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August 24, 1998 - #48
So, here I sit on my couch like so much fish, trying to feel better, but food poisoning is food poisoning and there's not much you can do about it. Oh, we simply must talk about something else. Have you heard that Alan Cumming will be out of Cabaret for the next few months? In other words, Cumming will be going. Well, at least Cumming knows he will be going so he is one step ahead of me.
I'll tell you what food poisoning makes me want to do. It makes me want to commit hara-kiri on my very own person with a sword. Just look at that word "sword". Are you noticing what I'm noticing? That "sword" is just "word" with an "s" in front of it. That is just lazy word-making in my book (Chapter 112 - Word-Making, The Lazy Way). Not only that, I don't like the way it's pronounced, either. Shouldn't it be like s'word, same as s'wonderful, s'marvelous? But noooooo, that would just be too too. It's got to be pronounced exactly the same as "soared" so as to confuse people even more. Of course, what is "soared" but "oared" with an "s"? How do you think the "s" feels about all this abuse? I like the word "oared" because it's something you'd do in a kayak, which, as anybody who reads this here column knows, is "kayak" spelled backwards. I am drinking 7 Up because they say it calms the stomach. Well, once again, "they" don't know what the hell they're talking about. It is no more calming than my beloved Diet Coke, so the hell with it. I'm frankly bored of this food poisoning. Why do people poison food anyway? Isn't that a federal offence? It's certainly some kind of offence and, frankly, I take offense to the offence. I think you should all come over and take care of me. You can read me stories, and together we can overcome this food poisoning.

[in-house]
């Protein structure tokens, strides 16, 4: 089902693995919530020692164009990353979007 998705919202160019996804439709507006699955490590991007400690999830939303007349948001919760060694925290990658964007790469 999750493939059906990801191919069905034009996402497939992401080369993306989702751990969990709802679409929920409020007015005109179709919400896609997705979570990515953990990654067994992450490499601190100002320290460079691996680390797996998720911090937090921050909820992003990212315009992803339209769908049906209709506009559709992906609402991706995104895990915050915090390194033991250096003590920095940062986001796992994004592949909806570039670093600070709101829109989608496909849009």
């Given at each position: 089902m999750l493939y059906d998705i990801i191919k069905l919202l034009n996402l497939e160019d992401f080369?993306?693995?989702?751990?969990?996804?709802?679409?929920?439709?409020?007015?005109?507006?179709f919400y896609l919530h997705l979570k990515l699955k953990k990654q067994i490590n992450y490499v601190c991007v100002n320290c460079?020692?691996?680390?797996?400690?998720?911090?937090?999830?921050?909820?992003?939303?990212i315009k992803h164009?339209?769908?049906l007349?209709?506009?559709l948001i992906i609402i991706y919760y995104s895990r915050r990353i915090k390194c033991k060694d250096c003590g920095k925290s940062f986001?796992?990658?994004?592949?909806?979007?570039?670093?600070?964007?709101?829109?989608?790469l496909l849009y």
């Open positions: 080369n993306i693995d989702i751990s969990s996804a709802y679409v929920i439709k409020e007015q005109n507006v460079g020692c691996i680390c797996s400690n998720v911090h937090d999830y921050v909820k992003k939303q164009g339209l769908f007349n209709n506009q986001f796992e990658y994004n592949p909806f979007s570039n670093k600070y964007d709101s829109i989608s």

I know this next sentence will be gross to some people, but still, it must be said. I do not like the taste of vomit. If I saw some packaged vomit in the store I would pass it up. Can you imagine if someone were reading this column for the first time? What would they think? They would think that the Stephen Sondheim (my close personal friend, you know) Stage had lost its Bakalorian mind. Instead of talking about musicals and Sondheim shows, this column is talking about food poisoning and the taste of vomit (not good). But I feel this is what is expected of me, dear readers, and I feel that is what I must deliver. I am feeling very poisoned and queasy at this particular moment in time. I do hope said feeling will abate soon. Then I can get back to feeling myself (no one else is feeling me, I may as well do it). Because frankly this whole column needs a change of direction, a breath of fresh air, a break from the food poisoning. Is this column thus far, starting to feel like High Society: About to expire? But enough about me.
Well, after nine hours of blessed sleep I am finally feeling better. I simply could not write one more word of this column while having food poisoning, and consequently I am very behind in said writing. So, to it with haste, say I.
Miss Meryle Secresta continues her searching the bowels of my brain to come up with ever new morsels for her book on me. We were talking about my love for Diet Coke and trying to figure out what caused said love and all of a sudden it all became clear, because a whole slew of long suppressed memories came regurgitating up (appropriate for this week's column). Because I may have been one of the first Diet Drink Guinea Pigs. I'm not going into the word "guinea" but just look at it and marvel at the incredible complex stupidness of that word. Anyway, forthwith: The Metrical Story.